What a long, strange trip it's been for Peter Case. He's gone from the proto-power pop of the Nerves and Plimsouls to several solo albums of reflective, spunky folk rock. Then it was back to the Plimsouls, and now he's moved to the stark, virtually naked Let Us Now Praise Sleepy John. (The title refers to an inspiration of Case's, the late rural blues singer Sleepy John Estes.)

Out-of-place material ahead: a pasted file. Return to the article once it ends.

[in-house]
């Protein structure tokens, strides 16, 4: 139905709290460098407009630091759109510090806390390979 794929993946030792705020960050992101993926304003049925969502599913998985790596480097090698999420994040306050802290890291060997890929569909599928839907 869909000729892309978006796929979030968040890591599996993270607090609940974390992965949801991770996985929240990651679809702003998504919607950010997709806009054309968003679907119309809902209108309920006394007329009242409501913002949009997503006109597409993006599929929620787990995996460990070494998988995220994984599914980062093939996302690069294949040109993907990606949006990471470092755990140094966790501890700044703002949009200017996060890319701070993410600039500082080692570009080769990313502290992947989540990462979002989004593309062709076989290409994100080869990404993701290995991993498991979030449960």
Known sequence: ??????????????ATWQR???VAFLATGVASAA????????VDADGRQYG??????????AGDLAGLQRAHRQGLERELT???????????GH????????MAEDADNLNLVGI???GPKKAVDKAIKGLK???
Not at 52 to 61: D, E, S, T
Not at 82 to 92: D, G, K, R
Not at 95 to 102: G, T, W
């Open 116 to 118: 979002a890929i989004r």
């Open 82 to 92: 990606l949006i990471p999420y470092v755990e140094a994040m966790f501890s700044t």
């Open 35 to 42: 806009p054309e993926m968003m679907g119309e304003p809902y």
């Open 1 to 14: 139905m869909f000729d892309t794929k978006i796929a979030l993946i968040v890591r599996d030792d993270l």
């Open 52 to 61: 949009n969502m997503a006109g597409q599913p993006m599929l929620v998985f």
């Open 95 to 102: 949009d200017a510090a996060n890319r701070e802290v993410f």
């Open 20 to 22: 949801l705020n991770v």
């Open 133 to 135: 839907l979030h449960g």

Sleepy John is just Case and his brittle-sounding acoustic guitar, with occasional support from another singer or guitarist (such as Richard Thompson on "Every 24 Hours"). While some—myself included—might miss the Plimsouls, there's no denying the unaffected conviction, indignation and anger in these stripped-down performances. Case's vocals evoke the anguished drawl of Hank Williams Sr., Dylan's tart humor and Ramblin' Jack Elliot's ramblin', while his narratives share Woody Guthrie's observations of characters lost in the mythic American Dream. "Million Dollars Bail" is a statement on Los Angeles justice, Phil Spector-style, and "Underneath the Stars" is a matter-of-fact account of homelessness. Festive stuff this isn't, and taken in one sitting, the disc is even a little same-y. But if you appreciate songs as societal mirrors and a spare aesthetic, Case is a worthy successor to the hallowed line of politically wary songsters.
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